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Aunt Judy’s Lentil Soup

THE STORY OF THIS SOUP: This story is a little poignant. When my Aunt was sick, it was very hard to find stuff that she could or would eat, because her picky-ass palate, the one that all the ladies in my family share, was as rigorous and discerning as ever, but her body was not digesting things right. The delicious rich food that she wanted would cause her a ton of pain. And she wouldn’t just eat any old mush—it had to be good. My mom heard that lentils were good for the pancreas (Aunt Judy had pancreatic cancer), and soups were easier for Judy to eat. Judy loved this and ate it practically every day.

In terms of the broader soup tradition this soup fits into (its bigger story): it comes out of a school of soups (like Harira) from the Mediterranean, Northern Africa and the Middle East that marry legumes such as lentils and chickpeas, which are from that region, with the spices historically traded there. These spices—cumin, paprika, curry, cardamom, coriander, etc—came to define the cuisine of the region because of its importance as a trading hub to China and the Spice Islands. Soups have always been about turning the available into the delicious; long cooked lentils get soft and velvety, with delicious body, and the garlic, onions and spices make it flavorful and complex. But it’s also vegetarian (although I like it better with chicken stock), so could be eaten during Ramadan (Muslim fasting and religious observance).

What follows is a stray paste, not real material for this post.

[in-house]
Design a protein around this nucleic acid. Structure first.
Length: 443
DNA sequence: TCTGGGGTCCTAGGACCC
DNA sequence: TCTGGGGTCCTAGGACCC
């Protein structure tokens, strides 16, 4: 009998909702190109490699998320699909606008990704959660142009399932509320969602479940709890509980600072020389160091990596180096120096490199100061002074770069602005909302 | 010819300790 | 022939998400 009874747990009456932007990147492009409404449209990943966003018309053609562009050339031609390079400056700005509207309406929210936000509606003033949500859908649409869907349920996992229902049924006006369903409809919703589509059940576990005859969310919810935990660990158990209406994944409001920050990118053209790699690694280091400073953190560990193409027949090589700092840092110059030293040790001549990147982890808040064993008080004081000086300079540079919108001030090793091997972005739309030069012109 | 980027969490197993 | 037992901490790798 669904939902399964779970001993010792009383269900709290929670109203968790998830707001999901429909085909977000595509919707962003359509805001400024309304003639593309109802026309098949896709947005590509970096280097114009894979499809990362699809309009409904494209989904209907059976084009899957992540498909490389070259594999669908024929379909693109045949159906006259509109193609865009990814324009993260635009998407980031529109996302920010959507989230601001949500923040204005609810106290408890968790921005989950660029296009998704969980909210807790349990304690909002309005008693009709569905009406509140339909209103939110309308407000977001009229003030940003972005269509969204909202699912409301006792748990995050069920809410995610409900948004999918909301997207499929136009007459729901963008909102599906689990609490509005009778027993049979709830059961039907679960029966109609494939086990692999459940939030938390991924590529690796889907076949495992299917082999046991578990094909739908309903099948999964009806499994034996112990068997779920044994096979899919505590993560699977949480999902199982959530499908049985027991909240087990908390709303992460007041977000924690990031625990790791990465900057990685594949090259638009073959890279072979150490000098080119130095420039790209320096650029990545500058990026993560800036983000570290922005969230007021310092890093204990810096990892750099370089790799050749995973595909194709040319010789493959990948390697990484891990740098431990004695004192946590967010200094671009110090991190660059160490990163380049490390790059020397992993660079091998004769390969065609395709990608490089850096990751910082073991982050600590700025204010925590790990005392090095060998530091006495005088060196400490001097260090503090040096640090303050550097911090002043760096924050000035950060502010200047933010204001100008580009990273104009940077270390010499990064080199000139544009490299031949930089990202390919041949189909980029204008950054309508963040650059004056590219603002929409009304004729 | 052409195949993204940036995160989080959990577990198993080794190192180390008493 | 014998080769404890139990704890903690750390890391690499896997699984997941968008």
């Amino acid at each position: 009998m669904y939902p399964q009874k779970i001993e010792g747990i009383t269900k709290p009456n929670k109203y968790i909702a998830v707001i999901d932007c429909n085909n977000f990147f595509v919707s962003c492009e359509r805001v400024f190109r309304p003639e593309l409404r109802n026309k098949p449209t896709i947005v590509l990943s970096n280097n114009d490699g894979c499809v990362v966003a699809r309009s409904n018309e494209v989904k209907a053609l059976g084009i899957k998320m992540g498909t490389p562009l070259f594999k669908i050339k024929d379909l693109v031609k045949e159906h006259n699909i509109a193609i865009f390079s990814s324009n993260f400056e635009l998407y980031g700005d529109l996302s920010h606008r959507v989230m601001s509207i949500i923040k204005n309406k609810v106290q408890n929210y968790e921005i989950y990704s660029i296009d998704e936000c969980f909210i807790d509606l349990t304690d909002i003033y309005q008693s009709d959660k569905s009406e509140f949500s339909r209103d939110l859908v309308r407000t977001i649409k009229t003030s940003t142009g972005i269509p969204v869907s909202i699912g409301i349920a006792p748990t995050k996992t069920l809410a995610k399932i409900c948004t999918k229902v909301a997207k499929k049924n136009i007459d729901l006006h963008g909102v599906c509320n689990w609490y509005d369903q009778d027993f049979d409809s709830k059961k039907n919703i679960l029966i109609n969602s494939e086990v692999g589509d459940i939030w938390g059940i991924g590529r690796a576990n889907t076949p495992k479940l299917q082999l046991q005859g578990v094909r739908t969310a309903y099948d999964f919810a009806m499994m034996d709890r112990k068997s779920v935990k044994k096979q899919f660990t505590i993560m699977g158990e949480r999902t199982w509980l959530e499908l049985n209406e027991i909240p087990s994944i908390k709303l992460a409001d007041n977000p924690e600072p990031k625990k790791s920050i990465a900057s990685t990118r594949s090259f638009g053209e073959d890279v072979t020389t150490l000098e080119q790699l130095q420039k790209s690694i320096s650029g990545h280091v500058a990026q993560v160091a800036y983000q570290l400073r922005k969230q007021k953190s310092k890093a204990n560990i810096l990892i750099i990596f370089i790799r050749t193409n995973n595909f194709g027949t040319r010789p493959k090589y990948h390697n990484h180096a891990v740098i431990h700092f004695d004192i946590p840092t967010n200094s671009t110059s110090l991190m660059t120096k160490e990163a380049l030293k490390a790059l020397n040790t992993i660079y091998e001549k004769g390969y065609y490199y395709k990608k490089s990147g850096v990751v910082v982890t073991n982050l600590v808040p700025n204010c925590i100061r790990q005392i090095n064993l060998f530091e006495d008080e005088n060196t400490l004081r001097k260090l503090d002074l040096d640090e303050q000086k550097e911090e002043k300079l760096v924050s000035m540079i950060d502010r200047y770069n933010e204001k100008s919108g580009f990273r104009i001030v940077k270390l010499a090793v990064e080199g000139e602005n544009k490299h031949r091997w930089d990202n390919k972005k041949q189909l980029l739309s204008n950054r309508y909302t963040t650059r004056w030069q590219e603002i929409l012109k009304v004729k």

• 1/4 cup XVOO
  • 1 medium yellow onion, medium diced
  • 2 carrots, peeled and diced, medium diced
  • 4 garlic cloves, minced
  • 2 tsp ground cumin
  • 1 tsp curry powder
  • 1/2 tsp dried thyme
  • 24 oz.  diced tomatoes
  • 1 cup brown or green lentils
  • 4 cups vegetable broth
  • 2 cups water
  • 1 1/2 tsp salt
  • 1/2 tsp red pepper flakes
  • Black pepper to taste
  • 1 cup kale, ribs removed, chopped
  • 4 -5 tsp lemon juice

Warm olive oil in a large soup pot over medium heat. Add the onion and carrot and cook, stirring often, until soft and translucent. DON’T TAKE SHORTCUTS ON THIS PART. This is where the bulk of flavor comes from. No crunchy onions! This will take 20-30 minutes.
Add garlic, cumin, curry powder and thyme. Cook until fragrant while stirring constantly, about 1-2 mins more minute. Add diced tomatoes and cook for five minutes to concentrate flavor.

Pour in the lentils, broth and water. Add salt and red pepper flakes. Season generously with freshly ground black pepper. Raise heat and bring the mixture to a boil, then partially reduce the heat to maintain a gentle simmer.

Cook for 45 minutes, until lentils are tender but not mush (They should still hold shape). May take longer in New Mexico.

Take 2 cups of soup out of the pot and carefully puree in the blender. (SO NOT ALL THE SOUP, ONLY PART). Add back to pot.

Add chopped greens and remove from heat. Those greens will continue to cook in the bains so don’t cook them on stove. Add lemon juice.

Garnish: fresh cilantro, wedge lemon.